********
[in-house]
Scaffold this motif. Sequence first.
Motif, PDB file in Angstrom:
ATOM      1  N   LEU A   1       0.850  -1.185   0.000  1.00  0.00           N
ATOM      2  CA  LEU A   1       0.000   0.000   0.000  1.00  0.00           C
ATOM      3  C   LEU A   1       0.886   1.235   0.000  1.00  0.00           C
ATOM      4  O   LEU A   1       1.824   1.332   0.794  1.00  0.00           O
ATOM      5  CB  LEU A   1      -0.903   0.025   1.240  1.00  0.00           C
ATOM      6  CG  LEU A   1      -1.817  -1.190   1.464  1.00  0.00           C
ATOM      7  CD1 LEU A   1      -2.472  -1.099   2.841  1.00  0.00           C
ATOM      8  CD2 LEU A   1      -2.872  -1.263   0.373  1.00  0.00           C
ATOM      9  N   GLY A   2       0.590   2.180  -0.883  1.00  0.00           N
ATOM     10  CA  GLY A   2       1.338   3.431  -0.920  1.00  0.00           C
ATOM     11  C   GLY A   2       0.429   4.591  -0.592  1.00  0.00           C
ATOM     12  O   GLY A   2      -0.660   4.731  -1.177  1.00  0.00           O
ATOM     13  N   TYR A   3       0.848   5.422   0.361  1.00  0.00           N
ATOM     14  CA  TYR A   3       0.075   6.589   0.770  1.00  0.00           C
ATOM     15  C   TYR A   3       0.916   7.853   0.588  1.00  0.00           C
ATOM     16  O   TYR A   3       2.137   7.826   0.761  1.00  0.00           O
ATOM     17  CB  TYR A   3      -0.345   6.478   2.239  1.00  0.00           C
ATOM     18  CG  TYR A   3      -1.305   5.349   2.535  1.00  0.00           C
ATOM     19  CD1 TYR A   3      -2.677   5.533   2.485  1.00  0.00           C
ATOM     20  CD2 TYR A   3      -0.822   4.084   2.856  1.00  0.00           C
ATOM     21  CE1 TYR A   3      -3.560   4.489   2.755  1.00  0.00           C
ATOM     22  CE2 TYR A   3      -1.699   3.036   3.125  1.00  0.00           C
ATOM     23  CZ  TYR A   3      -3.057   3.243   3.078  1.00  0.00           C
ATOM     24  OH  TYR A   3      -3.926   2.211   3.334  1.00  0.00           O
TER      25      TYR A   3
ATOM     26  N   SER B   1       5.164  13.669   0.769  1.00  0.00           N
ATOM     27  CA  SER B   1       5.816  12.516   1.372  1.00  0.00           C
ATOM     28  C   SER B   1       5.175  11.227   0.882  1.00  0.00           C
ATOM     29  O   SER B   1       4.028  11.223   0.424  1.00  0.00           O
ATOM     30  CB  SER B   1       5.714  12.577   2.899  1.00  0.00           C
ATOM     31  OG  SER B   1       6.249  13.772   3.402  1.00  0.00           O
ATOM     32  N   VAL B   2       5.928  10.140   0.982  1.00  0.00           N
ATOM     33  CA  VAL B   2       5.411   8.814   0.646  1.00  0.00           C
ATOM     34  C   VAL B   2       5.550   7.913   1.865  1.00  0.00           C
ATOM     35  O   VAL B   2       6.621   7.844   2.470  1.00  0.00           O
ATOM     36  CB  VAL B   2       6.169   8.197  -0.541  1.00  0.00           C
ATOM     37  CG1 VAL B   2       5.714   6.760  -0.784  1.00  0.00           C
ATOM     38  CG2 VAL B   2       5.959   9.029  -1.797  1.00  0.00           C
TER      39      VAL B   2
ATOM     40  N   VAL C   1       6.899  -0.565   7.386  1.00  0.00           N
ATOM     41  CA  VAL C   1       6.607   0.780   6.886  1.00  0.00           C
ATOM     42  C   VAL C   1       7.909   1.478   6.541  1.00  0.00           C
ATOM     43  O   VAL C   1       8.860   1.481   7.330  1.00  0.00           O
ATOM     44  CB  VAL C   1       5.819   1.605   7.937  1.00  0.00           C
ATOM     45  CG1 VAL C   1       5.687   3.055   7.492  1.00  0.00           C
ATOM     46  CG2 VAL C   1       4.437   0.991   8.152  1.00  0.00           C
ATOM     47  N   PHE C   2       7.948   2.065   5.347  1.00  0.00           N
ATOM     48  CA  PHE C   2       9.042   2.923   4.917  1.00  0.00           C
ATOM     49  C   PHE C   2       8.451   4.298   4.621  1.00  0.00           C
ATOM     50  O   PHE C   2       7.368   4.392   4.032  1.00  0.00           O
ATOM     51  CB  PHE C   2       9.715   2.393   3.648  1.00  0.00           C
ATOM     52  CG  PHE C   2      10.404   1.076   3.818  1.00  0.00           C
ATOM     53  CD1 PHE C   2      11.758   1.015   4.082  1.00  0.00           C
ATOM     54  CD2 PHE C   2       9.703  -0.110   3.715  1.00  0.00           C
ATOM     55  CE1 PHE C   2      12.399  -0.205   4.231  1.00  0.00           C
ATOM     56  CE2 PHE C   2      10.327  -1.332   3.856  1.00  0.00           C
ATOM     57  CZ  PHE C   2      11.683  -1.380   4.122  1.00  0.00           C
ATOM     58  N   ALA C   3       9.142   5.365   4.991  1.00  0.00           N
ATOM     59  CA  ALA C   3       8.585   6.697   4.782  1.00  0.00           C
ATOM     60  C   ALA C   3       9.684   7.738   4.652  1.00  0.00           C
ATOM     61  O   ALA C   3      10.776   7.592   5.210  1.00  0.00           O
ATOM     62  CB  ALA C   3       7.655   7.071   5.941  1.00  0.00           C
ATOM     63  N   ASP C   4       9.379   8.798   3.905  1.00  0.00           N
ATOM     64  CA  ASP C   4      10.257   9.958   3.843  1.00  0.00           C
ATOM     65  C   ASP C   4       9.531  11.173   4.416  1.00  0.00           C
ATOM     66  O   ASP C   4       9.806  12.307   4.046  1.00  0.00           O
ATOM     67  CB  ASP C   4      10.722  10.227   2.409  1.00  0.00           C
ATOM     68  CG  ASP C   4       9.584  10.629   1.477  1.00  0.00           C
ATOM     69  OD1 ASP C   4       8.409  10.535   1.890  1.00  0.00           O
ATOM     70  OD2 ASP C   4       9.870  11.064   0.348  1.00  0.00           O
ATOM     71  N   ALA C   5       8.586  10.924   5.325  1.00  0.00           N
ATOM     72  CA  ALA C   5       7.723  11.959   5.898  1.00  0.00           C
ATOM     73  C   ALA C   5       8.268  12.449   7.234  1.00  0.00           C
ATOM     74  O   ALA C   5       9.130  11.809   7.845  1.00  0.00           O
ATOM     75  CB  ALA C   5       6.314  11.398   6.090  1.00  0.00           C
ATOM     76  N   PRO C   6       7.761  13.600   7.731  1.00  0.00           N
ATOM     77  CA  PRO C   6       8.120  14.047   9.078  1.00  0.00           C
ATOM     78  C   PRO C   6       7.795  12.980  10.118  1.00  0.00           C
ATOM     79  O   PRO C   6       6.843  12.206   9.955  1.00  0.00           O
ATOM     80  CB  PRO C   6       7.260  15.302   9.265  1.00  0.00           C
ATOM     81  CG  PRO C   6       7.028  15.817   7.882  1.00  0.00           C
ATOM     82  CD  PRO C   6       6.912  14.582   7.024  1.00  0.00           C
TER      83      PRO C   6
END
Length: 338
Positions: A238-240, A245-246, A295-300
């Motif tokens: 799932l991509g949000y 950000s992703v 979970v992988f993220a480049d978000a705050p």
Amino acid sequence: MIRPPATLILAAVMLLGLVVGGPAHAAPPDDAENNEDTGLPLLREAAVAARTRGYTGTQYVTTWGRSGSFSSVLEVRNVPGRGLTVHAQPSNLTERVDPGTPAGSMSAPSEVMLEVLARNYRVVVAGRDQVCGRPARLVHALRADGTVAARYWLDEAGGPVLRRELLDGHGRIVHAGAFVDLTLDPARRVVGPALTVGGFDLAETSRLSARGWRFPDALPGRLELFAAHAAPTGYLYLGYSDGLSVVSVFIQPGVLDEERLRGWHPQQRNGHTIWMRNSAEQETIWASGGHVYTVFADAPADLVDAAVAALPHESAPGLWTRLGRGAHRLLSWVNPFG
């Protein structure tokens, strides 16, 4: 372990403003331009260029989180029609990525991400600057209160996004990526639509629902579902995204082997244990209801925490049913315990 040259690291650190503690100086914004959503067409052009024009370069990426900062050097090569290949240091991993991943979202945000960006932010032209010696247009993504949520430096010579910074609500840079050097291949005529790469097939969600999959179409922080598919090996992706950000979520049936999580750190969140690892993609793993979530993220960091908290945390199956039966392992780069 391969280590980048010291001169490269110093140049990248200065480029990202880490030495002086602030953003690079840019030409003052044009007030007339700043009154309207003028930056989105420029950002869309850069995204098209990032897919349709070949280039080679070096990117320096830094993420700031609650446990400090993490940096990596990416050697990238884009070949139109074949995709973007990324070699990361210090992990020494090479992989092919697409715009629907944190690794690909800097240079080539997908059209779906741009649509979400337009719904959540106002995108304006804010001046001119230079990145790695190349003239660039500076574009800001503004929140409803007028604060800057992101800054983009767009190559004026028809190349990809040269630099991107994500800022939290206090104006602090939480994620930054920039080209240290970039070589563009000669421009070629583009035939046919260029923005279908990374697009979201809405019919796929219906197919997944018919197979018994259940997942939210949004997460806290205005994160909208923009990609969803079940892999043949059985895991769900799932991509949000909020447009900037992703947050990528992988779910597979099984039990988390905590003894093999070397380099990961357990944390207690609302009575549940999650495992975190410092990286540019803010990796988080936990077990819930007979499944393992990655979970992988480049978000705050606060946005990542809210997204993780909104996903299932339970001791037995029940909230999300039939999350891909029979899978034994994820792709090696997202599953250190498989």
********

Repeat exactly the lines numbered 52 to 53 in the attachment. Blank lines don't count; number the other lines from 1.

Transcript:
ATOM     49  C   PHE C   2       8.451   4.298   4.621  1.00  0.00           C
ATOM     50  O   PHE C   2       7.368   4.392   4.032  1.00  0.00           O